A disability or health insurance policy is a contract. The interpretation of a contract is a matter of law and ordinarily questions of law are for the judiciary to decide. In a lawsuit on a contract, such as when an insured sues an insurer, a court looks at the question of law de novo, i.e., without regard for how the contract might have been initially interpreted by the insurer. However, when a discretionary clause is present, it usurps the role of the courts because they are required to give deference to the insurer’s interpretation of the contract, and will only overturn the insurer’s view if the court finds the insurer’s decision was arbitrary and capricious. This leads insurers to deny and terminate claims that they know should be approved. 

A client that I am currently representing illustrates a concrete example of what is at stake. She is covered by two disability policies that were issued by First Unum. One policy grants discretionary authority, while the other does not. First Unum found that my client can perform her own occupation, and has denied benefits, under the policy that it mistakenly thinks grants it discretionary authority. At the same time, based upon the same, and actually less, evidence, First Unum found my client was disabled from any occupation under the policy that does not grant discretionary authority. 

Insurance companies’ widespread abuse due to discretionary clauses prompted some regulatory authorities to take action. In 2002, the National Association of Insurance Commissioners (the “NAIC”) issued a model act entitled “Prohibition on the Use of Discretionary Clauses” (the “Model Act”). When an insurance company issues a group disability policy, a discretionary clause grants the insurer or administrator the authority to determine eligibility for benefits and to interpret terms and provisions of the policy. The purpose of the Model Act is to prohibit clauses that purport to reserve discretion to the insurer to interpret the terms of a disability insurance policy.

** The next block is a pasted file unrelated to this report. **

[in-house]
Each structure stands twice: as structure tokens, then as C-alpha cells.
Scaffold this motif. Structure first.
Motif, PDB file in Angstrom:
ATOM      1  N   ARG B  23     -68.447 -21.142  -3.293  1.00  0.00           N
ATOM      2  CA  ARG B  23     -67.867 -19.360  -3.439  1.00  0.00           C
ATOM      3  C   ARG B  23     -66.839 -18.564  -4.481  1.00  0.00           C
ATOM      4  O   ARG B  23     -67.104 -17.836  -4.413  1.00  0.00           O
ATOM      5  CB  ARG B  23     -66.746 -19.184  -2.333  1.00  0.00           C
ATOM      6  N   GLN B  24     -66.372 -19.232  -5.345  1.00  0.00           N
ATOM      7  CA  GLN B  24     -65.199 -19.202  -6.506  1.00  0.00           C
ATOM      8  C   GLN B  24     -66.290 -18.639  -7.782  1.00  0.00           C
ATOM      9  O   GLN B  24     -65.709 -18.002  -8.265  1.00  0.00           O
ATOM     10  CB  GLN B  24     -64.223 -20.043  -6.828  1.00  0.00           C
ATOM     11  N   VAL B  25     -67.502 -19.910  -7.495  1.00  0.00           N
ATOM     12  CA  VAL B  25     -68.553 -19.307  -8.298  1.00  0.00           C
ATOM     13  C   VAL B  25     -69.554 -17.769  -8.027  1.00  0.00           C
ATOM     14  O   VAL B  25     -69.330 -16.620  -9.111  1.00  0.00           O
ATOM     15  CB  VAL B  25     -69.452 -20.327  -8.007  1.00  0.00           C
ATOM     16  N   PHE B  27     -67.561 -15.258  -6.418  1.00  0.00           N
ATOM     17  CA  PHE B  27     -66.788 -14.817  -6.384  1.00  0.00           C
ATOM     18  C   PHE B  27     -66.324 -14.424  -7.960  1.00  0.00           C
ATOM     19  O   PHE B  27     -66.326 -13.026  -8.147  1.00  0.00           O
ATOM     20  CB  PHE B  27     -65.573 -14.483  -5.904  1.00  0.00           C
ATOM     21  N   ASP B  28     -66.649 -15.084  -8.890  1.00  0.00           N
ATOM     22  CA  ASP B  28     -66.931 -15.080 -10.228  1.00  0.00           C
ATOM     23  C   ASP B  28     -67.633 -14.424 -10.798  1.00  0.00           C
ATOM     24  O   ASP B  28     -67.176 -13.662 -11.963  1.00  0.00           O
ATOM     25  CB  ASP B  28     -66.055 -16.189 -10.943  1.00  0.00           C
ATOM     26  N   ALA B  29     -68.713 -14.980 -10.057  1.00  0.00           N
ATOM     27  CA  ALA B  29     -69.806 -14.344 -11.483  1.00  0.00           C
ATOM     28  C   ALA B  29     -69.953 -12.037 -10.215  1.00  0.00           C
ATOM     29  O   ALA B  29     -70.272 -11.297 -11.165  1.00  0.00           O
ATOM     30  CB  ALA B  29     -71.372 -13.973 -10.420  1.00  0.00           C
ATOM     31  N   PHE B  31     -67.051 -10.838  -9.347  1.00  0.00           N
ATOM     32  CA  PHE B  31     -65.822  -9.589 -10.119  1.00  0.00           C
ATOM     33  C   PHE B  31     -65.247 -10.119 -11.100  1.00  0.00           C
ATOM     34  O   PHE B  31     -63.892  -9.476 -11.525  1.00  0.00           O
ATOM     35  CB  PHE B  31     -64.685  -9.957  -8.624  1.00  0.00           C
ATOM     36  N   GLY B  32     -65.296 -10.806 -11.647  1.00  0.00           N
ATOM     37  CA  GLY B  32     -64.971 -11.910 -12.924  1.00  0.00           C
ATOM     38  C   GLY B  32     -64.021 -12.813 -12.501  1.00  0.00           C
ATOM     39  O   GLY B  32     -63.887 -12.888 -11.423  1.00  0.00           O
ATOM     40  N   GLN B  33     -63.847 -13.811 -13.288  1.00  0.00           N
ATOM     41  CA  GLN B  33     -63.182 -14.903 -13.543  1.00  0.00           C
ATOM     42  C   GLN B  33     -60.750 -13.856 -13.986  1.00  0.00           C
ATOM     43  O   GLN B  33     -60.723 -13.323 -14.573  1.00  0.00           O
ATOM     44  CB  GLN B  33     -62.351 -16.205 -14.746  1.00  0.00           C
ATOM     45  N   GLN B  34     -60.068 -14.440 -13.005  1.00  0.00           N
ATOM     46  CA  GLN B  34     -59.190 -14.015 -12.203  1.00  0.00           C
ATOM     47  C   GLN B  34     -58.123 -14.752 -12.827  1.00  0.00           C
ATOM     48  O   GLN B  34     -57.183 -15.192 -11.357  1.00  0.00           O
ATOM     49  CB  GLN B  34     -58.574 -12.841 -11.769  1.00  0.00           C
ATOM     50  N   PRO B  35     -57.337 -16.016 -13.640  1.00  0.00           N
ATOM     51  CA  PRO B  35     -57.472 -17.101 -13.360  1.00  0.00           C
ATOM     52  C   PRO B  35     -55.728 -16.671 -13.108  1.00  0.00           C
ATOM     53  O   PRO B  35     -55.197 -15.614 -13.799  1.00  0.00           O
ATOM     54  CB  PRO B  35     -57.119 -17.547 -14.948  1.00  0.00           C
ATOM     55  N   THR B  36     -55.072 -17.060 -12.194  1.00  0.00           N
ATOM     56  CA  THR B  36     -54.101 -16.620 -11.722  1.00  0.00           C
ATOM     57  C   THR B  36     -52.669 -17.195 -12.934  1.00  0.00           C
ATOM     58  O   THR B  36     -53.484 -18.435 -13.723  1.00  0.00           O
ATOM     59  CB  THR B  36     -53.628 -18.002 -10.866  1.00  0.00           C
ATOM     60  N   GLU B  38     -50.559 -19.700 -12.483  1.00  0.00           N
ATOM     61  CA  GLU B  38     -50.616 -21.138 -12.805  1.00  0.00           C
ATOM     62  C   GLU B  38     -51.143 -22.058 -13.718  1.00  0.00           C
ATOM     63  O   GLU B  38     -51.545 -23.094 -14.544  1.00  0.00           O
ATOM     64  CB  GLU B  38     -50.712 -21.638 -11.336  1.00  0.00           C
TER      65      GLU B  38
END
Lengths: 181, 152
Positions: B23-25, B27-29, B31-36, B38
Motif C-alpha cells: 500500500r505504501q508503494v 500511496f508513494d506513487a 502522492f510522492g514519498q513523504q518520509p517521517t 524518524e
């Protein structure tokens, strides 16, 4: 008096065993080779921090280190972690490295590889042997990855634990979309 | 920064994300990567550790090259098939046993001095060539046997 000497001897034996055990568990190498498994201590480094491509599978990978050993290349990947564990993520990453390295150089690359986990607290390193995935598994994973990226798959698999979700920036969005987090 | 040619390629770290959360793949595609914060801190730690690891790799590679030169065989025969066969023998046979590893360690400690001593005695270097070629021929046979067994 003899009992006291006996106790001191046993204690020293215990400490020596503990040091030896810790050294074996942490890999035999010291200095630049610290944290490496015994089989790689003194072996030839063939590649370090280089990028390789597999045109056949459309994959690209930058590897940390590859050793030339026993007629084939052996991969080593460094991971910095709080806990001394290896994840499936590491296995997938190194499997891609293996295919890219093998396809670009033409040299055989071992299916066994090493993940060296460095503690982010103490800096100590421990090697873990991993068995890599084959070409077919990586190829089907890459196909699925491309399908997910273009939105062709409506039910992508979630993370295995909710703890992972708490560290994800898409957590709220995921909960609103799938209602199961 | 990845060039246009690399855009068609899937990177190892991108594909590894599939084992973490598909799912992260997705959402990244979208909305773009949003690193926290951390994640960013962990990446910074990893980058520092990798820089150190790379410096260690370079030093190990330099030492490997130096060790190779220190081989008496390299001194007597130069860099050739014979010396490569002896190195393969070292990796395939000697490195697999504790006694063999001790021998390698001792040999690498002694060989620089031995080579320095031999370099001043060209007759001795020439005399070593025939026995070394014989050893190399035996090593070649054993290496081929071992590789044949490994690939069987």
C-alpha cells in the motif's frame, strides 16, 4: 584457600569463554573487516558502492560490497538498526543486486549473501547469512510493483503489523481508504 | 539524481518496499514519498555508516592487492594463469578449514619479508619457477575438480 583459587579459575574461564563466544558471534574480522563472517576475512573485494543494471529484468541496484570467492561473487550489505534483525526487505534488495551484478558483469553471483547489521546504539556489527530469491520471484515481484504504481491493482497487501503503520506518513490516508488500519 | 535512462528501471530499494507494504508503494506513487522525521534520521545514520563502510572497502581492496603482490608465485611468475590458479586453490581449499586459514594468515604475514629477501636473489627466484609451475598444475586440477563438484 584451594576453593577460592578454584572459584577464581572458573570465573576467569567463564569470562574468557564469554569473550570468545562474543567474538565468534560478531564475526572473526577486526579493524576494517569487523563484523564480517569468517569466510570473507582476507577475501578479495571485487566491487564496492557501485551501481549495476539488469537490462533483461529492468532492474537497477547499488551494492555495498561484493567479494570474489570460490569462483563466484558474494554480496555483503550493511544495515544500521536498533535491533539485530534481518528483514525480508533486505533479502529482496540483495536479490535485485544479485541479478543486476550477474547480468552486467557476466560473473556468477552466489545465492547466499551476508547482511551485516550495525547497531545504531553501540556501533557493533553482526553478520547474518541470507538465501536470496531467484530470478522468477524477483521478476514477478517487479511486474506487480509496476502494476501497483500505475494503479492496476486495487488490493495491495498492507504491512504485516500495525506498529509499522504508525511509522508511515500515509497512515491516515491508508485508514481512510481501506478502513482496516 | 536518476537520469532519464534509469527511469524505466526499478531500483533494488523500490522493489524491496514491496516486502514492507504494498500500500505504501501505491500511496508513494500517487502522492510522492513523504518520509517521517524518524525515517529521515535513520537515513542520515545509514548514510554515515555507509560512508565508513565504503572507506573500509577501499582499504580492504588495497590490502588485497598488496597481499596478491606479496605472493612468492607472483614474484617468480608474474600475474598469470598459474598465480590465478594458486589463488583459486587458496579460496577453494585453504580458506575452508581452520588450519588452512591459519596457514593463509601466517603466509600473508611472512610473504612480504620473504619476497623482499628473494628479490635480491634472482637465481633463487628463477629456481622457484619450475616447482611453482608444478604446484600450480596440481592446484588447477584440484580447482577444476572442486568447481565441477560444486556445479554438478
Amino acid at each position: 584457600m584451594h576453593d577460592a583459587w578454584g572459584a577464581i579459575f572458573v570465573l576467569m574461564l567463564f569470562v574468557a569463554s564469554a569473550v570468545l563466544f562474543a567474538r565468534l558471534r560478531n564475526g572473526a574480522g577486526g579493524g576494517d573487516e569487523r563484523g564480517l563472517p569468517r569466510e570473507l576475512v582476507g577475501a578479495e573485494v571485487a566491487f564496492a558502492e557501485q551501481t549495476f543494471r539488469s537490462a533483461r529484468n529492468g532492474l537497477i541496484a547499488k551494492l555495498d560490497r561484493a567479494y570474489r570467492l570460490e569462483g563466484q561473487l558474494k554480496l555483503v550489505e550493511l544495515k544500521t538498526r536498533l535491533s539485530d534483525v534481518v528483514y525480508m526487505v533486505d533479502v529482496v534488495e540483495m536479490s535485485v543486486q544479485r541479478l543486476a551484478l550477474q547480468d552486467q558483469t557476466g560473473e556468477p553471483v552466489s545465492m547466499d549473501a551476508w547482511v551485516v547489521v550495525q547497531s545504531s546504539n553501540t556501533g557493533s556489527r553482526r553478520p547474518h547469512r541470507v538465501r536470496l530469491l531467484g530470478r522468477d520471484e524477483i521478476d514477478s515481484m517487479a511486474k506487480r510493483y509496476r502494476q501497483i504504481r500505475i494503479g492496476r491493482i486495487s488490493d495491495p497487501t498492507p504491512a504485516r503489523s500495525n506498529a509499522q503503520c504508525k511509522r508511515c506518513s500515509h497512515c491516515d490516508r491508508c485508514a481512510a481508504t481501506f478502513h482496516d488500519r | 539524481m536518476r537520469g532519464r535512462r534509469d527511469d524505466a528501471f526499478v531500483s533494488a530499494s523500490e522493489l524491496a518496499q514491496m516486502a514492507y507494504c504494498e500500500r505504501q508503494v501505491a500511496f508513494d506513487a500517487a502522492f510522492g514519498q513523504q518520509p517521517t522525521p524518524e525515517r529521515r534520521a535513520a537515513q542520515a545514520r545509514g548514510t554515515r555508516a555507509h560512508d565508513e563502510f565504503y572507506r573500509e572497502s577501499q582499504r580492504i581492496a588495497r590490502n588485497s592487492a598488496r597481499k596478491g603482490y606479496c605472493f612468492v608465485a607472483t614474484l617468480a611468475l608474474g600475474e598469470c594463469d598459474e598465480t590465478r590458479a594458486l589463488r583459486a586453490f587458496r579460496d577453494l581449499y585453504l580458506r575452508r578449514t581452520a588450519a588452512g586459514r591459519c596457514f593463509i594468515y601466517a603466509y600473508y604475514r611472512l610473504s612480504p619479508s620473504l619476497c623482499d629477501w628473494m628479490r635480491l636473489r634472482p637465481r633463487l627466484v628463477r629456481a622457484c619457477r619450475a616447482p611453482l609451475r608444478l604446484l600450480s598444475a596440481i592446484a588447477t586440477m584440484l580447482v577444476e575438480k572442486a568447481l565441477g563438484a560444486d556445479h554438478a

The abuse of discretionary authority by the insurance companies became so widespread that the media covered the issue. On October 13, 2002, NBC Dateline did an expose called “Benefit of the Doubt”. The story described how Unum, the largest disability insurance provider, had systematically manipulated and created evidence in order to create excuses to deny and terminate disability claims. On November 20, 2002, CBS 60 Minutes also did an expose on Unum called “Did Insurer Cheat Disabled Clients?” The 60 Minutes piece detailed how Unum forced doctors to manufacture evidence as a means to deny and terminate disability claims. 

The abuses by Unum resulted in the U.S. Department of Labor and 49 State Insurance Departments bringing an action against Unum that resulted in a regulatory settlement agreement. Among other things, Unum was forced to reassess hundreds of thousands of disability claims that it had denied or terminated. Although Unum continues to engage in the same tactics that led to the agreement, no further action has been taken, and other disability insurers are now following Unum’s lead. Perhaps no further regulatory action has been taken because many states have now banned discretionary authority. 

On March 27, 2006, New York State Insurance Department issued Circular Letter No. 8 that adopted the NAIC Model Act. The letter stated that “discretionary clause provisions in accident and health insurance policies and in subscriber contracts will no longer be approved by the Department” because “The Department has determined that the use of discretionary clauses violates Sections 3201(c) and 4308(a) of the Insurance Law in that the provisions ‘encourage misrepresentation or are unjust, unfair, inequitable, misleading, deceptive, or contrary to law or to the public policy of this state.’ Additionally, the Department believes that the use of discretionary clauses is an unfair or deceptive act or practice, within the meaning of Article 24 of the Insurance Law.”